I think some safeguards need to be put into place; if you look at the propaganda-machine-work in Nazi Germany, it can do terrible harm. But in the U.S. under Reagen, the fairness doctrine was scrapped, which meant local news outlets of all sorts could be grabbed up by opinionated multi-nationals, and you get people like Rush Linbaugh spreading hatred unchallenged in rural areas - probably the biggest swatch of territory in the country. That's where "these people" get their news, unchallenged. It's far-right-wing money. I also think hate speech might be covered more directly - one of the tshirts at the riot said in abbreviated form - 6 million is not enough. What do you do with that?

Best, Alan (mind you I've been censored on YouTube and elsewhere myself, I think unfairly, so you might make a counter-argument that it's all in the eye/ear of the beholder. It's an aporia.)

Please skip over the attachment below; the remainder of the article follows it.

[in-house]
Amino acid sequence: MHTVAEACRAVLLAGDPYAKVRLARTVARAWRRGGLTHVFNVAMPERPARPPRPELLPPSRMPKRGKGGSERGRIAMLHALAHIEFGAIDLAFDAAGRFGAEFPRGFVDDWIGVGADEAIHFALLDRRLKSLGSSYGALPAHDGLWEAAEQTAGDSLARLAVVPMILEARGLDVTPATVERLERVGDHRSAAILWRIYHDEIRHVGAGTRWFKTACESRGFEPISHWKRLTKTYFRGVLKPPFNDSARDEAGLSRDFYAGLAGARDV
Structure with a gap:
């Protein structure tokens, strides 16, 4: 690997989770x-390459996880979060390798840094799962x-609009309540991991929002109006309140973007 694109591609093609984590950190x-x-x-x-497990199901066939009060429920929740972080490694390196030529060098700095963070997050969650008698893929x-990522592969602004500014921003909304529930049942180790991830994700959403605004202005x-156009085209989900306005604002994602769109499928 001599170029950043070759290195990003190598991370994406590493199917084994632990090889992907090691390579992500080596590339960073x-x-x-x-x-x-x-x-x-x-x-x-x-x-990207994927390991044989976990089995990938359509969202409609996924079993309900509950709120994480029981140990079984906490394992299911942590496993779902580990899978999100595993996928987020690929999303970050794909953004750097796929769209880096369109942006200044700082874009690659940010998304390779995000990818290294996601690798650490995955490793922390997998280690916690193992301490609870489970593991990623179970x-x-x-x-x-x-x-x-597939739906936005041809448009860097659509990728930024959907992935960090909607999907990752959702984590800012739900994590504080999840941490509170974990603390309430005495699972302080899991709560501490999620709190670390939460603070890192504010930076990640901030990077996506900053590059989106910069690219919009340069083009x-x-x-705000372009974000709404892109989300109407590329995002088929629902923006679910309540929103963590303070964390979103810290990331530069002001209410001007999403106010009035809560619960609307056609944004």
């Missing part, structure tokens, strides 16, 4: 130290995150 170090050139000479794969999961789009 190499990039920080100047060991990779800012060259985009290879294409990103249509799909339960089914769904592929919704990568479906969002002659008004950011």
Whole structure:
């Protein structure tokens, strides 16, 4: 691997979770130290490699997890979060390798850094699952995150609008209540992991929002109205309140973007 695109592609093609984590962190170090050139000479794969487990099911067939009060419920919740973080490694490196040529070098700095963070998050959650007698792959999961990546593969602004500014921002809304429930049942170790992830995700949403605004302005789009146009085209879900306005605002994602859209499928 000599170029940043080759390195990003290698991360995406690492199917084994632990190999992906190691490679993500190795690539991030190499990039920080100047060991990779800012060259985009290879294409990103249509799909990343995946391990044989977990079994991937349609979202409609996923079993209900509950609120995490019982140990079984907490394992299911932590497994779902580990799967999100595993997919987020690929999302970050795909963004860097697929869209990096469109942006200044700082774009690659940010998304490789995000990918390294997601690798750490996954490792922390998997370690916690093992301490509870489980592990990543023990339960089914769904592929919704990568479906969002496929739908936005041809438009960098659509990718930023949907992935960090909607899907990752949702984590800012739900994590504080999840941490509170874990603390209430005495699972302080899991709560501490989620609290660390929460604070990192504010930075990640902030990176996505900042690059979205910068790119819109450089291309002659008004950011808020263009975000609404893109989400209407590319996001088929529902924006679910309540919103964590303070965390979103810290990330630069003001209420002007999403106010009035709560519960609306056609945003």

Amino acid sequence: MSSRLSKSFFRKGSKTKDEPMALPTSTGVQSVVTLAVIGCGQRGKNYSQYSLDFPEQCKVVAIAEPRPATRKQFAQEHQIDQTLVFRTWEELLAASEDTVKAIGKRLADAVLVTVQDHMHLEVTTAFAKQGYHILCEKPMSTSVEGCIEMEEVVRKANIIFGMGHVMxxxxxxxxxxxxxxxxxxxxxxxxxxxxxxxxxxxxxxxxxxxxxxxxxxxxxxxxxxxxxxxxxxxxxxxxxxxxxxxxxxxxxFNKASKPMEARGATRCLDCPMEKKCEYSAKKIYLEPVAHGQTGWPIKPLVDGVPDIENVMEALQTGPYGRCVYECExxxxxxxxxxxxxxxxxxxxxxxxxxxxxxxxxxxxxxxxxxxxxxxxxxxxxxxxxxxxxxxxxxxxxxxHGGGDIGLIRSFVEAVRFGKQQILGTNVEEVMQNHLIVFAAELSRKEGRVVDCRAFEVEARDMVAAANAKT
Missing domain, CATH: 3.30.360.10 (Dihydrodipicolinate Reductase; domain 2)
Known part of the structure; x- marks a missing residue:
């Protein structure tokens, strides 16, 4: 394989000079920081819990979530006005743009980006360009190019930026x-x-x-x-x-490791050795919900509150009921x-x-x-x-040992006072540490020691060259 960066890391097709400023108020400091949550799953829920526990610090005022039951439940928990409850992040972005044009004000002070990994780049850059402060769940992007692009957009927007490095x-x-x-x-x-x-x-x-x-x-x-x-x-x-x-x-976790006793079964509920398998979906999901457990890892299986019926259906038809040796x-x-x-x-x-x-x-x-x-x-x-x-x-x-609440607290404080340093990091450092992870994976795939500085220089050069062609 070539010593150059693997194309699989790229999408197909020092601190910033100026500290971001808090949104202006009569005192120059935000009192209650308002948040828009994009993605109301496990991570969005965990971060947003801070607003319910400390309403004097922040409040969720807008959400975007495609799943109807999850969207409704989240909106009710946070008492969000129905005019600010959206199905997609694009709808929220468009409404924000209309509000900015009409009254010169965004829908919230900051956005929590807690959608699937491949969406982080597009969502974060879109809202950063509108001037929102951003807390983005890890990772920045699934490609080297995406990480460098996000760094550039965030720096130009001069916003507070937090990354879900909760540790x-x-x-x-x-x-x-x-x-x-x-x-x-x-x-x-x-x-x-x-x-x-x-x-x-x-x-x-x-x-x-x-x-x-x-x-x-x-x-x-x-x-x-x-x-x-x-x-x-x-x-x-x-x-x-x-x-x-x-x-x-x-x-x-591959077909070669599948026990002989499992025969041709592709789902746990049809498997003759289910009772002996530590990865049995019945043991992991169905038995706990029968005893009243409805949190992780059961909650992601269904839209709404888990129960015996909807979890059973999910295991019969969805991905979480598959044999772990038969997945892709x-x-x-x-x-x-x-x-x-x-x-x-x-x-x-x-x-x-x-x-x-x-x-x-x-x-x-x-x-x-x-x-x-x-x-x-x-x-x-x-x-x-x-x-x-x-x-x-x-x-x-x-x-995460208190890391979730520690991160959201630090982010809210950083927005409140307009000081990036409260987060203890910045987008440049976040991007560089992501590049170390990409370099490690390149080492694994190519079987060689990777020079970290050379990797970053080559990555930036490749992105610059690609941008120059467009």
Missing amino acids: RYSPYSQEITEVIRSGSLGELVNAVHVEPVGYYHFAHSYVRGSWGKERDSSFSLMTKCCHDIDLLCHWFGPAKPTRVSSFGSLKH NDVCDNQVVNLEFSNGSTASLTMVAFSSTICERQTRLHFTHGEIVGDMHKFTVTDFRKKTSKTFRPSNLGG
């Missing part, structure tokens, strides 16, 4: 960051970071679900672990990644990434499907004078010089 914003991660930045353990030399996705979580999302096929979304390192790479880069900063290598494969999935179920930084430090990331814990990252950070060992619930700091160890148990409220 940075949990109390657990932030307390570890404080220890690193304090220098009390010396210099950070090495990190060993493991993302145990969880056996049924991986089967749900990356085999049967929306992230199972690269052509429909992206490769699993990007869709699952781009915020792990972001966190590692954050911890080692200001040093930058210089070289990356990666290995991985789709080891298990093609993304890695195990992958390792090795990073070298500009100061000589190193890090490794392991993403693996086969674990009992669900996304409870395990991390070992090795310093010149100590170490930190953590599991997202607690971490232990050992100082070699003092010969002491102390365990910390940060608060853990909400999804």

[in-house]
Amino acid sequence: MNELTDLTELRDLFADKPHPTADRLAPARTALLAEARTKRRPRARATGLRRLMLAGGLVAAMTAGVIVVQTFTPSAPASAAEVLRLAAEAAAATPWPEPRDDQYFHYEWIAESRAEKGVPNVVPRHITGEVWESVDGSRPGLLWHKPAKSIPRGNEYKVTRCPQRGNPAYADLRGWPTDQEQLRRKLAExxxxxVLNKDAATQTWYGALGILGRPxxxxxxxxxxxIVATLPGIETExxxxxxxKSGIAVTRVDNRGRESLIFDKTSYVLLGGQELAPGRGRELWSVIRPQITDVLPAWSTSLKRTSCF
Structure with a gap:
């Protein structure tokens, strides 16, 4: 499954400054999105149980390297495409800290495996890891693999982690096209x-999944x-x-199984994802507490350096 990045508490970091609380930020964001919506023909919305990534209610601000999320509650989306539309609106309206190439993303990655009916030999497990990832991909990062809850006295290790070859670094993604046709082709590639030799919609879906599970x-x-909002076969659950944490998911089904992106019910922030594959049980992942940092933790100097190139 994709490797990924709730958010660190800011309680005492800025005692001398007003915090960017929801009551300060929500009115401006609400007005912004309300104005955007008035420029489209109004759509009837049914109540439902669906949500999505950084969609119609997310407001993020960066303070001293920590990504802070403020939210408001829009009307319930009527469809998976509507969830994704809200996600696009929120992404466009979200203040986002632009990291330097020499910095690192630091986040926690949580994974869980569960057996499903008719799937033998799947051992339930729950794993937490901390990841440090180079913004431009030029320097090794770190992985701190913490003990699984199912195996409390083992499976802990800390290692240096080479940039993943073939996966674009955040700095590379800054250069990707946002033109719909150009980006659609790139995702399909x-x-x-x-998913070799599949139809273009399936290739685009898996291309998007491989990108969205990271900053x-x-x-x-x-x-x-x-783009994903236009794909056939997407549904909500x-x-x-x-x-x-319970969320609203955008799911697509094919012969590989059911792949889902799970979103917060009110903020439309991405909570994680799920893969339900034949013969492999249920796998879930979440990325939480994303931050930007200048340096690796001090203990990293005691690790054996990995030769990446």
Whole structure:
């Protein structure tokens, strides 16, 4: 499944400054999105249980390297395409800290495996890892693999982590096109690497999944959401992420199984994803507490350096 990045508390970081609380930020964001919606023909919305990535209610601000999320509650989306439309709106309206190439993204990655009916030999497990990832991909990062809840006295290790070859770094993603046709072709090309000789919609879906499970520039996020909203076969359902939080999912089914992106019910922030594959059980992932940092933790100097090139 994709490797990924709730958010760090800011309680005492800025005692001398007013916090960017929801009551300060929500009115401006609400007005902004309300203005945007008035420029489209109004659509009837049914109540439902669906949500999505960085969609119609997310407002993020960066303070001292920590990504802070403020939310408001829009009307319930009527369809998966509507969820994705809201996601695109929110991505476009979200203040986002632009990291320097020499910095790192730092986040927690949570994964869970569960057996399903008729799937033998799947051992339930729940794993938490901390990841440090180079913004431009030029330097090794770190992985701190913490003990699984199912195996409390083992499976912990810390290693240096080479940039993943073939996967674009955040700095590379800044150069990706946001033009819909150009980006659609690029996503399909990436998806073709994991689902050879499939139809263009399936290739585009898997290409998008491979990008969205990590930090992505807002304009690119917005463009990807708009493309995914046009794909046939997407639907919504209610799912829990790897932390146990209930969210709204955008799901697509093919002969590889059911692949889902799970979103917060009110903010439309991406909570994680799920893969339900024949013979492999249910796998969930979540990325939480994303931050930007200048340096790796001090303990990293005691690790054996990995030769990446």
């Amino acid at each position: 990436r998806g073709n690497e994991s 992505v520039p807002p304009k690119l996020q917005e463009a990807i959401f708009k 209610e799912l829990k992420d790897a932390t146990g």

On Fri, Jan 8, 2021 at 2:07 PM Edward Picot via NetBehaviour <netbehaviour@lists.netbehaviour.org> wrote:
What do people think - have we reached the point at which social media
companies should be prosecuted for allowing hate-speech, incitements to
violence, demonstrable untruths and conspiracy theories to be uploaded
onto their sites?

Should they be regarded as publishers, and therefore legally responsible
for their content?

I'm genuinely torn, but I think maybe we've now reached that point. I'd
be very interested to hear what others think.

Edward

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